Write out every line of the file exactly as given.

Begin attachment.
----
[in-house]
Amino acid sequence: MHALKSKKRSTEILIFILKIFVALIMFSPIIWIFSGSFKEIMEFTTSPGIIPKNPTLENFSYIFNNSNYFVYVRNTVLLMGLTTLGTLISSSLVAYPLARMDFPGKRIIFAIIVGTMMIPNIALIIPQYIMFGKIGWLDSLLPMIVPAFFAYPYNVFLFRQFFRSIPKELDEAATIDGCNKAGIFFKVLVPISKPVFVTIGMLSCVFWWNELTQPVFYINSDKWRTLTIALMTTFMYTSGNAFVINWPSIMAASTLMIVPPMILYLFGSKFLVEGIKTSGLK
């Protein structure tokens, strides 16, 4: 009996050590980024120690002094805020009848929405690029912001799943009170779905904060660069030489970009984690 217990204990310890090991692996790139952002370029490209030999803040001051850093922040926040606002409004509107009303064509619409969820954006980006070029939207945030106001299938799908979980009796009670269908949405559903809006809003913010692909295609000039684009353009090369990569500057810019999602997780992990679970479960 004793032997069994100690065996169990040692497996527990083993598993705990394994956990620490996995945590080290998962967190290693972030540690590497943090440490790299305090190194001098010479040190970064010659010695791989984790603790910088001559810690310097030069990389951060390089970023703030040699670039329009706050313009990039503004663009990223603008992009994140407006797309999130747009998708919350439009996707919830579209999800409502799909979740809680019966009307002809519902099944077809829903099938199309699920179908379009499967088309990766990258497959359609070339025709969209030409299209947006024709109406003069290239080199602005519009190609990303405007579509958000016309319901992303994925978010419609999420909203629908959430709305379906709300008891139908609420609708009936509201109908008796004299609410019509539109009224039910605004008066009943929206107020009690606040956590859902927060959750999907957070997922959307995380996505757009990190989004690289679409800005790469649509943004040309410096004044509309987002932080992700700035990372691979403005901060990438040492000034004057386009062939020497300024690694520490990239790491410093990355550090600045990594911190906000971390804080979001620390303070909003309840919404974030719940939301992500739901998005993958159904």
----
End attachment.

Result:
[in-house]
Amino acid sequence: MHALKSKKRSTEILIFILKIFVALIMFSPIIWIFSGSFKEIMEFTTSPGIIPKNPTLENFSYIFNNSNYFVYVRNTVLLMGLTTLGTLISSSLVAYPLARMDFPGKRIIFAIIVGTMMIPNIALIIPQYIMFGKIGWLDSLLPMIVPAFFAYPYNVFLFRQFFRSIPKELDEAATIDGCNKAGIFFKVLVPISKPVFVTIGMLSCVFWWNELTQPVFYINSDKWRTLTIALMTTFMYTSGNAFVINWPSIMAASTLMIVPPMILYLFGSKFLVEGIKTSGLK
């Protein structure tokens, strides 16, 4: 009996050590980024120690002094805020009848929405690029912001799943009170779905904060660069030489970009984690 217990204990310890090991692996790139952002370029490209030999803040001051850093922040926040606002409004509107009303064509619409969820954006980006070029939207945030106001299938799908979980009796009670269908949405559903809006809003913010692909295609000039684009353009090369990569500057810019999602997780992990679970479960 004793032997069994100690065996169990040692497996527990083993598993705990394994956990620490996995945590080290998962967190290693972030540690590497943090440490790299305090190194001098010479040190970064010659010695791989984790603790910088001559810690310097030069990389951060390089970023703030040699670039329009706050313009990039503004663009990223603008992009994140407006797309999130747009998708919350439009996707919830579209999800409502799909979740809680019966009307002809519902099944077809829903099938199309699920179908379009499967088309990766990258497959359609070339025709969209030409299209947006024709109406003069290239080199602005519009190609990303405007579509958000016309319901992303994925978010419609999420909203629908959430709305379906709300008891139908609420609708009936509201109908008796004299609410019509539109009224039910605004008066009943929206107020009690606040956590859902927060959750999907957070997922959307995380996505757009990190989004690289679409800005790469649509943004040309410096004044509309987002932080992700700035990372691979403005901060990438040492000034004057386009062939020497300024690694520490990239790491410093990355550090600045990594911190906000971390804080979001620390303070909003309840919404974030719940939301992500739901998005993958159904």